Coal, Cement and Steel… Oh My!
Tara Joseph says, “Vincent, thanks very much for being with me. As we all know at this point, there are stresses piling up in China’s corporate sector. Do you think it’s going to worsen from here?”
Vincent Chan says, “The simple answer is: It will, because in the past, default was basically not allowed in various types of financial products – no matter [if] they are bonds, or trust products or wealth management products.
“But I think the government kind of makes it clear that they want to see market discipline to come back. So you start to have defaults. And the economy slowing, which means that the debt – including in sectors like mining and industrial processing or whatever – will become quite vulnerable. I think, indeed, the first vulnerable part of Chinese debt problem will not be local government, but in sectors like coal, cement, steel – those kinds of areas. So to answer your question it’s that it definitely will worsen. I think that it will.”
It All Starts in the Home
Tara Joseph says, “With this in mind, what’s going to be the knock-on effect to the financial system. What sort of stresses will we see there?”
Vincent Chan says, “The biggest risk… What I see is that if you have some local governments start to default, or they need to slow down their new investment activities in order to bring their house in order, and then you start to affect the confidence of Chinese households on property… which they start to, property price starts to correct very meaningfully, developers at least stop building new projects.
“Then you trigger a more severe economic slowdown in the economy, which then affects 50 to 60% of total loans which is 70 to 80% of GDP, that type of industrial loans. Well, then if you have all these things happen together, we have a pretty serious trouble.”
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Property: The Deciding Factor
Tara Joseph says, “So that biggest risk you are talking about, how likely is it? More than a 50% chance, more than 75%?”
Vincent Chan says, “Well now, I think some default of local government is a given. But given the fact that these are pretty easy to control, because at the end of the day… they are all government entities to a large extent, it’s manageable. The one unknown, the single unknown I have which, to answer your question, the single unknown whether you will have this kind of feed off each other credit event is property.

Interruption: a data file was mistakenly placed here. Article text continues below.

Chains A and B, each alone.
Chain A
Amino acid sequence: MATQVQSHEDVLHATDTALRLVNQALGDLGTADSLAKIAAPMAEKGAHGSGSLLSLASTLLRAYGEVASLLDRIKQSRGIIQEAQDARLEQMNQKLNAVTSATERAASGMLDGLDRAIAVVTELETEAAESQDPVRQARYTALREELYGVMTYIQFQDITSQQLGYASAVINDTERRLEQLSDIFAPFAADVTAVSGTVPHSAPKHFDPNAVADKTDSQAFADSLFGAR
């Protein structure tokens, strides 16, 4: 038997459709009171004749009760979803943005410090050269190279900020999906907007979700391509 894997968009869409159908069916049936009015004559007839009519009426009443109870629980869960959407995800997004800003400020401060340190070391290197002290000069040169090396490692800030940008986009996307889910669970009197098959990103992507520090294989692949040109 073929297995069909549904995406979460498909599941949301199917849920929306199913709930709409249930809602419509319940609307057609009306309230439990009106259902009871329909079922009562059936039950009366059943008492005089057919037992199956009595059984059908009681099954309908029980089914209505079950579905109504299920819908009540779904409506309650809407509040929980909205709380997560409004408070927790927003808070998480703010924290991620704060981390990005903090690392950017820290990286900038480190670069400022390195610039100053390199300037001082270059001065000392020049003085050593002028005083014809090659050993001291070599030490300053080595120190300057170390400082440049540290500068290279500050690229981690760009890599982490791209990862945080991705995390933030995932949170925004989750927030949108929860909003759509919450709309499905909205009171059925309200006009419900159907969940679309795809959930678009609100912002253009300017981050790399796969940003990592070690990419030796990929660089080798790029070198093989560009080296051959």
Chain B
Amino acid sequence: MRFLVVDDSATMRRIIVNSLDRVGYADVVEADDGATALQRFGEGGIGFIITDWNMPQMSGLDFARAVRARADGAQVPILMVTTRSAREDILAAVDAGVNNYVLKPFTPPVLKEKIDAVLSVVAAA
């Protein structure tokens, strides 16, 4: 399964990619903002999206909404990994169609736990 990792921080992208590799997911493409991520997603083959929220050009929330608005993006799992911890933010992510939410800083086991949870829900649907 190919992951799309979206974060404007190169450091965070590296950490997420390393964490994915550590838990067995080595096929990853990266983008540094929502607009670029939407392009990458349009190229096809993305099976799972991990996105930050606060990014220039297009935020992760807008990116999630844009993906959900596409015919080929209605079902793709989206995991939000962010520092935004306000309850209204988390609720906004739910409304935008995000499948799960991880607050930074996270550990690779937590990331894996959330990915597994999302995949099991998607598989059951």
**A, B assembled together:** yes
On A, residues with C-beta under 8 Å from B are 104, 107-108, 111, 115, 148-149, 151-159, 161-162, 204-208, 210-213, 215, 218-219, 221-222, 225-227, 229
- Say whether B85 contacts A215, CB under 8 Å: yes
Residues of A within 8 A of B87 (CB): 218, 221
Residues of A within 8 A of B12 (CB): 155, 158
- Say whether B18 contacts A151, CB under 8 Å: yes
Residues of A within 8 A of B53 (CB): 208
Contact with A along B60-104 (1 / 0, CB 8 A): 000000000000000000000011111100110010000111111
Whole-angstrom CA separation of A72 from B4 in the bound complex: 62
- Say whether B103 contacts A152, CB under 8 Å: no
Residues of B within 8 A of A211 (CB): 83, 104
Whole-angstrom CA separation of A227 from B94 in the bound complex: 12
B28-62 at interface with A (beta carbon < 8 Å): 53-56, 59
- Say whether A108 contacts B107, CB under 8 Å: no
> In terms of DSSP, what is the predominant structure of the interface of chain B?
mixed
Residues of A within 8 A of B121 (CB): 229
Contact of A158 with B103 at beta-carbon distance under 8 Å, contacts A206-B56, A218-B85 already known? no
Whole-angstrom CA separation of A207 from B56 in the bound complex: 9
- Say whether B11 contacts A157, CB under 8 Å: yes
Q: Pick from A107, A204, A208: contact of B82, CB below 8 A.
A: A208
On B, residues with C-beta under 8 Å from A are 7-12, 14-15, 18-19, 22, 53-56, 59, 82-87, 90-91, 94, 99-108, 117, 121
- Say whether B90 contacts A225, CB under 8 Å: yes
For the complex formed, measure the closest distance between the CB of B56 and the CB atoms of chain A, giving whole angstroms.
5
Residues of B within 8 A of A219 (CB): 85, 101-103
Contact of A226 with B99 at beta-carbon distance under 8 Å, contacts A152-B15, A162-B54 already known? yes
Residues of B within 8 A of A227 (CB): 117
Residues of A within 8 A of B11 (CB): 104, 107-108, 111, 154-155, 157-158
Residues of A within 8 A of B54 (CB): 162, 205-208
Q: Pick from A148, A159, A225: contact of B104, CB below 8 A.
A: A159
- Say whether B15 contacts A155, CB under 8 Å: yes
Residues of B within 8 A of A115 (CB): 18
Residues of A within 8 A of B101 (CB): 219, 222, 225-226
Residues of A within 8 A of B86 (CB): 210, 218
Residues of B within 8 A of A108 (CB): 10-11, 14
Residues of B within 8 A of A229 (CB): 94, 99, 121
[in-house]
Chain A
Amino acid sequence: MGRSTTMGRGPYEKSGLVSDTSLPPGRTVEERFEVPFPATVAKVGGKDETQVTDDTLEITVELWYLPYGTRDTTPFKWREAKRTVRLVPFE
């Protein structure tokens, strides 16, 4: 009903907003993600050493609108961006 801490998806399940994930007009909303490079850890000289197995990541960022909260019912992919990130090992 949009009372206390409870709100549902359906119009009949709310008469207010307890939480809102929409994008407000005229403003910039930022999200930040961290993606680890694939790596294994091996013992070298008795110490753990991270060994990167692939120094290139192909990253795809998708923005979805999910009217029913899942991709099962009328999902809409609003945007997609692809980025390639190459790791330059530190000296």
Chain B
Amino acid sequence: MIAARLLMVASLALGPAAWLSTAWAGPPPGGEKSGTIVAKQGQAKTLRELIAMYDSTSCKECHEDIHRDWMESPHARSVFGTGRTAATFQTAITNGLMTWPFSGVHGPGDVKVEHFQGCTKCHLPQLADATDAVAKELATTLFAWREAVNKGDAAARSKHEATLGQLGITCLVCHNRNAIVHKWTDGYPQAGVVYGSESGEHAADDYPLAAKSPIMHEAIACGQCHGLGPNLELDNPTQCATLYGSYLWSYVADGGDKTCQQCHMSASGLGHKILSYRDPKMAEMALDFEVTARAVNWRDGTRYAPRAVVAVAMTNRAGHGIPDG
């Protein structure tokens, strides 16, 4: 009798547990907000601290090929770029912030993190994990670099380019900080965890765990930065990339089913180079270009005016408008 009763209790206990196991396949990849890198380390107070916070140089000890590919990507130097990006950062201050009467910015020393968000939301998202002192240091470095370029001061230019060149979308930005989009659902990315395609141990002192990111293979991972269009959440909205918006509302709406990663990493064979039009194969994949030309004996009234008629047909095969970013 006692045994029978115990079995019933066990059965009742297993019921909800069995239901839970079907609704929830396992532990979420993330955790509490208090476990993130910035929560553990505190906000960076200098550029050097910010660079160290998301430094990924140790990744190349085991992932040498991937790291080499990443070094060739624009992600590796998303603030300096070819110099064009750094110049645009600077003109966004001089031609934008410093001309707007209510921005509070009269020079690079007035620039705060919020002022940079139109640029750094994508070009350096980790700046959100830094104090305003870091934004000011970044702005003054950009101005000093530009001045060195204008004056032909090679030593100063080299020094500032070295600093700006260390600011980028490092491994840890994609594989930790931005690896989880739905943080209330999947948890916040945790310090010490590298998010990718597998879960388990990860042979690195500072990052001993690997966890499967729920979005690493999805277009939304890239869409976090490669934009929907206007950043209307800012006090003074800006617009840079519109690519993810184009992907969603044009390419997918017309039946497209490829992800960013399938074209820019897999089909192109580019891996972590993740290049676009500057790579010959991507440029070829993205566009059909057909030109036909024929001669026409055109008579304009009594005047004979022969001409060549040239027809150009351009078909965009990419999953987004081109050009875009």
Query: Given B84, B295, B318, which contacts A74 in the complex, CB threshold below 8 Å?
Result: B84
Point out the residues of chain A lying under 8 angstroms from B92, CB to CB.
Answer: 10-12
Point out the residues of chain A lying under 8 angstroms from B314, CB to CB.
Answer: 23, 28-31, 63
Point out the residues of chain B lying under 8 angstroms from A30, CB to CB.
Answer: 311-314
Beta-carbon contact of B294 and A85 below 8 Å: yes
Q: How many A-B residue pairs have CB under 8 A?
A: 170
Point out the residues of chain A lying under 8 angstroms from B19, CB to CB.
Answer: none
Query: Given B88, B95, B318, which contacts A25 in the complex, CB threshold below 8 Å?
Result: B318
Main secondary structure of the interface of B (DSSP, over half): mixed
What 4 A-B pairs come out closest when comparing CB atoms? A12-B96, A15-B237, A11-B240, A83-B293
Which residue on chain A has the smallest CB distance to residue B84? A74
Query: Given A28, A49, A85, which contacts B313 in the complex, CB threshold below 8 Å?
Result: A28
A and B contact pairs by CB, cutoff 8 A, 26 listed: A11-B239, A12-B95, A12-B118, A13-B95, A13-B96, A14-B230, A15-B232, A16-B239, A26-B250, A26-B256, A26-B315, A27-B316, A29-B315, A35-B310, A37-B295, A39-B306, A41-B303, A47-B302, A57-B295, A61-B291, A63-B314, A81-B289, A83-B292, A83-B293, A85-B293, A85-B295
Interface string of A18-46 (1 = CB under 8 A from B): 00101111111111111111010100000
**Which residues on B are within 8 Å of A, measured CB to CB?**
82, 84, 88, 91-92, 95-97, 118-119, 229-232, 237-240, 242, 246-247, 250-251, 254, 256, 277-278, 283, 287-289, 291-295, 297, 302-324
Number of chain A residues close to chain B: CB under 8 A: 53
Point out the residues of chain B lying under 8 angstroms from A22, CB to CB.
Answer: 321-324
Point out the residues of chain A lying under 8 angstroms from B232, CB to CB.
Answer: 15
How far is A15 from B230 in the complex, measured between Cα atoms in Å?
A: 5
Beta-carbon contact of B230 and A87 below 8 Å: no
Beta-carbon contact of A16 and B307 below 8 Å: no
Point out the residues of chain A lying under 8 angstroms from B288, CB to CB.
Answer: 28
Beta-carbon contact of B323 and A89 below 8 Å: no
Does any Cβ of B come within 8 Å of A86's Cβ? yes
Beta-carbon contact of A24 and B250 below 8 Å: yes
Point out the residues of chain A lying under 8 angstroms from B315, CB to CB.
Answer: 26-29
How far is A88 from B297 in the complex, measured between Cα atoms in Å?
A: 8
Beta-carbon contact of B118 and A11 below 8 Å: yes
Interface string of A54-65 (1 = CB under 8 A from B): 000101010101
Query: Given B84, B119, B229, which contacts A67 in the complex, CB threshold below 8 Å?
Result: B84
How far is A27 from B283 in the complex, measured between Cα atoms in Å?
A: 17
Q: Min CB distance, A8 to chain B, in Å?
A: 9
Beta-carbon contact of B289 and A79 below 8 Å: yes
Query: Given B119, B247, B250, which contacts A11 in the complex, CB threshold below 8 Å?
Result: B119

“In the last ten years, Chinese households buy property largely because they believe that prices will continue to go up. So people have three, four properties per person, for the middle, high-middle class. If this expectation changes, well then the second I talk about will come along. And the local government debt plus property – if they come together than the risks will become very high.”
What Exactly to Expect for China’s Future
Tara Joseph says, “So are you actually lowering your growth forecast for China?”
Vincent Chan says, “I think 7.5% is even in the best-case scenario seems to me to be not achievable. Seven, maybe, if we don’t have a serious credit risk. If we have a serious credit risk then we don’t know.”
Tara Joseph says, “You talk about the biggest risk. What are the chances of this actually happening?”
Vincent Chan says, “Well, I would say that it definitely will get worse. I just don’t know how worse it will get. That I don’t know. Because it really, at the end of the day, I want to highlight a point that China has a central bank that has the capability and has the willingness to be the lender of last resort. When will it decide to step in? We don’t know. So it will get worse. There is a 100% chance, 100% chance things will get worse.”